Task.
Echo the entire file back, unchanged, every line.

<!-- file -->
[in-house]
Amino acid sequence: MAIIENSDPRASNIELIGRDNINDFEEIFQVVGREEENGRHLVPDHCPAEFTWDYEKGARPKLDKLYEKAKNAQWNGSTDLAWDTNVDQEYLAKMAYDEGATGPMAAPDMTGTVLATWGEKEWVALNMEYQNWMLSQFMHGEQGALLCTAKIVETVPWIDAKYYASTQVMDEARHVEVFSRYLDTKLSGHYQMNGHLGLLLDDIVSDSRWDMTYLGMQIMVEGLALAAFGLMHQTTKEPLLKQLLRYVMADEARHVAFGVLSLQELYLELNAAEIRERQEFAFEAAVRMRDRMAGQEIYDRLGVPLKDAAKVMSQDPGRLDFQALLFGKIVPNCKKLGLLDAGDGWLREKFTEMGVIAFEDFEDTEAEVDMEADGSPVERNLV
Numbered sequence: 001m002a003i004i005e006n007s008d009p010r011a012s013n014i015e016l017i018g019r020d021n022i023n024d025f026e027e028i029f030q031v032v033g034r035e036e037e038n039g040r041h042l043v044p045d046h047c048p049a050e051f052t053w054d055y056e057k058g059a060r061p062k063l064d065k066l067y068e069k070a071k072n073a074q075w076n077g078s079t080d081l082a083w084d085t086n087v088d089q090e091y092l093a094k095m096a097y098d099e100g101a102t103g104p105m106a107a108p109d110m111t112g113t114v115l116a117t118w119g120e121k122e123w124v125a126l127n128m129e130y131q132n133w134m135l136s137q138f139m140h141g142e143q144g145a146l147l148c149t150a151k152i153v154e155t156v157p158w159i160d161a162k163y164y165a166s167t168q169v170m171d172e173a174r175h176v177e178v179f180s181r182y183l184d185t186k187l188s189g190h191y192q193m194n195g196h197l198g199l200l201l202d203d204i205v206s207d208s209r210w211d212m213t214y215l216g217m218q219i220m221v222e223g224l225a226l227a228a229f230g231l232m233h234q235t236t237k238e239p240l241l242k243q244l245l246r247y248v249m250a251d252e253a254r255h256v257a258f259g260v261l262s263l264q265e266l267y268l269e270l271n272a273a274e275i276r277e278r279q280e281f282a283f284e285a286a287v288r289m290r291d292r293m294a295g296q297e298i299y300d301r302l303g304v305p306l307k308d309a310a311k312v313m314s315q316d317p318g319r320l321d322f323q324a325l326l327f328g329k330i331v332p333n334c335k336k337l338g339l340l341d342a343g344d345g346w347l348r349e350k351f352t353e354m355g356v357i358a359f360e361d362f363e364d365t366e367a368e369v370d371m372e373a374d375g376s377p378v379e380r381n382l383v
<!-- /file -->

[in-house]
Amino acid sequence: MAIIENSDPRASNIELIGRDNINDFEEIFQVVGREEENGRHLVPDHCPAEFTWDYEKGARPKLDKLYEKAKNAQWNGSTDLAWDTNVDQEYLAKMAYDEGATGPMAAPDMTGTVLATWGEKEWVALNMEYQNWMLSQFMHGEQGALLCTAKIVETVPWIDAKYYASTQVMDEARHVEVFSRYLDTKLSGHYQMNGHLGLLLDDIVSDSRWDMTYLGMQIMVEGLALAAFGLMHQTTKEPLLKQLLRYVMADEARHVAFGVLSLQELYLELNAAEIRERQEFAFEAAVRMRDRMAGQEIYDRLGVPLKDAAKVMSQDPGRLDFQALLFGKIVPNCKKLGLLDAGDGWLREKFTEMGVIAFEDFEDTEAEVDMEADGSPVERNLV
Numbered sequence: 001m002a003i004i005e006n007s008d009p010r011a012s013n014i015e016l017i018g019r020d021n022i023n024d025f026e027e028i029f030q031v032v033g034r035e036e037e038n039g040r041h042l043v044p045d046h047c048p049a050e051f052t053w054d055y056e057k058g059a060r061p062k063l064d065k066l067y068e069k070a071k072n073a074q075w076n077g078s079t080d081l082a083w084d085t086n087v088d089q090e091y092l093a094k095m096a097y098d099e100g101a102t103g104p105m106a107a108p109d110m111t112g113t114v115l116a117t118w119g120e121k122e123w124v125a126l127n128m129e130y131q132n133w134m135l136s137q138f139m140h141g142e143q144g145a146l147l148c149t150a151k152i153v154e155t156v157p158w159i160d161a162k163y164y165a166s167t168q169v170m171d172e173a174r175h176v177e178v179f180s181r182y183l184d185t186k187l188s189g190h191y192q193m194n195g196h197l198g199l200l201l202d203d204i205v206s207d208s209r210w211d212m213t214y215l216g217m218q219i220m221v222e223g224l225a226l227a228a229f230g231l232m233h234q235t236t237k238e239p240l241l242k243q244l245l246r247y248v249m250a251d252e253a254r255h256v257a258f259g260v261l262s263l264q265e266l267y268l269e270l271n272a273a274e275i276r277e278r279q280e281f282a283f284e285a286a287v288r289m290r291d292r293m294a295g296q297e298i299y300d301r302l303g304v305p306l307k308d309a310a311k312v313m314s315q316d317p318g319r320l321d322f323q324a325l326l327f328g329k330i331v332p333n334c335k336k337l338g339l340l341d342a343g344d345g346w347l348r349e350k351f352t353e354m355g356v357i358a359f360e361d362f363e364d365t366e367a368e369v370d371m372e373a374d375g376s377p378v379e380r381n382l383v